LAND BANK of the Philippines (LANDBANK) saw its bottom line rise in 2018, supported by the robust growth in its lending business.
The state-owned LANDBANK booked a P15.5-billion net income in 2018, up 10% from the P14.1 billion logged a year ago.
LANDBANK President and Chief Executive Officer Alex V. Buenaventura attributed the lender’s “exceptional” performance last year to the “significant” growth in its lending book.
“We achieved exceptional performance in 2018 with our net loan portfolio expanding significantly by 37% or more than P220 billion to reach P840 billion,” Mr. Buenaventura said in a statement over the weekend.
He added that the lender saw improved net income last year as it continued to expand support to its priority sectors, which include agriculture, cooperatives, agri-businesses, small and medium enterprises as well as local government units.
LANDBANK also grew its deposit base to P1.66 trillion as of end-2018, up 17% from the P1.42 trillion tallied in a comparative year-ago period, as deposits from the private and government sectors increased.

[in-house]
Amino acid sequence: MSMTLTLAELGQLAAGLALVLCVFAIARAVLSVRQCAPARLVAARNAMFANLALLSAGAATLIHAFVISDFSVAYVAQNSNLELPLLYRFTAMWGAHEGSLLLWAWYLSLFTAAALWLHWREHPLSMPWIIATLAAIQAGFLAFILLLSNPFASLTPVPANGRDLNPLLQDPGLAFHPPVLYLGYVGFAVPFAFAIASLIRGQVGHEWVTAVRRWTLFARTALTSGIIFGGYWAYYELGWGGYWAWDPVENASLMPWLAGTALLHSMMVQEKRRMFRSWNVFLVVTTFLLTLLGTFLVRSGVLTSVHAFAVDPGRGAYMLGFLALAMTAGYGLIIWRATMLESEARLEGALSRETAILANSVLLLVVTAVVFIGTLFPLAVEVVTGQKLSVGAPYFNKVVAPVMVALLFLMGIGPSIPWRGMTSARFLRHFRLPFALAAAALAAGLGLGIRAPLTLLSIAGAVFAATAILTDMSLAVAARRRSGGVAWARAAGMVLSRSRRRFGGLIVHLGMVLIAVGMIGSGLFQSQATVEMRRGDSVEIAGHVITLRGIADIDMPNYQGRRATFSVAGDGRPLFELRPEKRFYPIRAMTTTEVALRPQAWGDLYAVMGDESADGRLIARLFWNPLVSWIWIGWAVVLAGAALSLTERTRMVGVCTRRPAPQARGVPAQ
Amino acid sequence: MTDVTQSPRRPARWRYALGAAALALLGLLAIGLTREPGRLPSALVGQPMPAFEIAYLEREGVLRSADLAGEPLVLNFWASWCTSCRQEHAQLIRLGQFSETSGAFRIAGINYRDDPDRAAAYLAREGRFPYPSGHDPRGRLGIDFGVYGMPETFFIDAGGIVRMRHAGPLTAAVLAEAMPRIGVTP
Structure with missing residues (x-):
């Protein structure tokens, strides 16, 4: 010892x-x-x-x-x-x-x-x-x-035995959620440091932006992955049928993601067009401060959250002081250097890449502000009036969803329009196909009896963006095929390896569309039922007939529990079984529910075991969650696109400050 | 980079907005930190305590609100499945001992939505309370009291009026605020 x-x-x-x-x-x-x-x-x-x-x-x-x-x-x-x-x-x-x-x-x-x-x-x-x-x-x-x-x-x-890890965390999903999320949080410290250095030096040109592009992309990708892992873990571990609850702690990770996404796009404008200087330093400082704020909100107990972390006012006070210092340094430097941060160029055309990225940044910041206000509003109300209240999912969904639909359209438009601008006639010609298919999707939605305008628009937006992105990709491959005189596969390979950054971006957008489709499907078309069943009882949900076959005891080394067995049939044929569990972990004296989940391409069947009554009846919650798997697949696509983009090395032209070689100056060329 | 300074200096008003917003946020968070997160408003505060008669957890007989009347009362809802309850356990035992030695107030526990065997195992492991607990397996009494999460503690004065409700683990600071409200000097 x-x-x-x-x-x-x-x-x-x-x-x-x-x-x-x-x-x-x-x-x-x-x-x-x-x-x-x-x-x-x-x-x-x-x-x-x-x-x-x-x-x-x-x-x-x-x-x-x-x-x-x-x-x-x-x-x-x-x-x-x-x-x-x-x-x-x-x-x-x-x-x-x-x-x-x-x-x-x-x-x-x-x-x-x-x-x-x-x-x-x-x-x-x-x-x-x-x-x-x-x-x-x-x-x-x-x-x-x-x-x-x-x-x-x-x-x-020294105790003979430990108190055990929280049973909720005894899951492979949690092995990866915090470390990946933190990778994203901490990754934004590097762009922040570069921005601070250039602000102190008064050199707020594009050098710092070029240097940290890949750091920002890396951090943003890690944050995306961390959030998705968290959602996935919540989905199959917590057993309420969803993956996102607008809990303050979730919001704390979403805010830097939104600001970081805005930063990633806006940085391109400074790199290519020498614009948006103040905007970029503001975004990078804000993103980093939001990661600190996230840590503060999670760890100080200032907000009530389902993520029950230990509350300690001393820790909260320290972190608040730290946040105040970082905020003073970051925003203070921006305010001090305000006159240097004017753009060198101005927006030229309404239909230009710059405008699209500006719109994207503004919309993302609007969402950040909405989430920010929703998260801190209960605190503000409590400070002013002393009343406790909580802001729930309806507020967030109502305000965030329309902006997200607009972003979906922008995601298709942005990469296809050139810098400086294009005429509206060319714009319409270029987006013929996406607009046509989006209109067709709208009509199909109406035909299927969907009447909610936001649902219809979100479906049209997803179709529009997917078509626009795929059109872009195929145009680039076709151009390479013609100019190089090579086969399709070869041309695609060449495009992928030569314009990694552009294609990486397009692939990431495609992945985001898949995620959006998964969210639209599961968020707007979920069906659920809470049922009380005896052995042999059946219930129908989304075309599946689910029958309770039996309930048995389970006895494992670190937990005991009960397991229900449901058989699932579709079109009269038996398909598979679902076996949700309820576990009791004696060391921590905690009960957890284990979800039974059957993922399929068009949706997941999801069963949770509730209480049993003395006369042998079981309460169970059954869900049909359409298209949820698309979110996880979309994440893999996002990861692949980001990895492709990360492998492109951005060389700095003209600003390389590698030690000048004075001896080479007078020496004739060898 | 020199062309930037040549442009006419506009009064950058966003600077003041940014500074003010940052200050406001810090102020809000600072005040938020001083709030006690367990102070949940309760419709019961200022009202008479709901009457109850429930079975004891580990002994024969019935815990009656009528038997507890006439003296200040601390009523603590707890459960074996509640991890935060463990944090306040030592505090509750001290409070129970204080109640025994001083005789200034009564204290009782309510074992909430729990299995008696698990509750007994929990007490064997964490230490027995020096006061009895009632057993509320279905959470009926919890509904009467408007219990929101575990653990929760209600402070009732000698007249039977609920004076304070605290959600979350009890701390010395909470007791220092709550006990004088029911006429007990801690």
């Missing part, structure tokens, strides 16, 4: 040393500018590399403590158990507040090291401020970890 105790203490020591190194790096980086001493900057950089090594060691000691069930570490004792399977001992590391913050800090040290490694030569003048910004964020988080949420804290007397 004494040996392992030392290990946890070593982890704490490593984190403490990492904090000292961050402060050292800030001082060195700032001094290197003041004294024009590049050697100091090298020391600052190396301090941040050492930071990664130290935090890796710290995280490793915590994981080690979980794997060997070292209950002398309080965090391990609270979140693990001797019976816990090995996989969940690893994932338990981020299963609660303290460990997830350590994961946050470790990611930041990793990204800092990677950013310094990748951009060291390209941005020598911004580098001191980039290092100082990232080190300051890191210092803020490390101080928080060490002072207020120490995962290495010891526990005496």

On the other hand, the lender’s capital also increased by 26% to P131.62 billion from the P104.6 billion booked in 2017.
Despite logging higher net earnings in 2018, LANDBANK incurred a “significant increase” in manpower costs following the implementation of the Salary Standardization Law, which affected the lender’s income.
LANDBANK is one of the lenders — alongside Rizal Commercial Banking Corp., Metropolitan Bank & Trust Co., Bank of the Philippine Islands as well as BDO Unibank, Inc. — that are exposed to embattled South Korean shipbuilder Hanjin Heavy Industries and Construction Philippines, which filed for corporate rehabilitation last Jan. 8. This left some $412 million in outstanding loans from the banks in limbo.
However, the Bangko Sentral ng Pilipinas downplayed the effect of Hanjin’s default on the banking industry, saying the lenders’ exposure is “negligible.”
The abovementioned banks are said to be working to take control of Hanjin’s property in Zambales, with assets estimated at $1.6 billion. — K.A.N. Vidal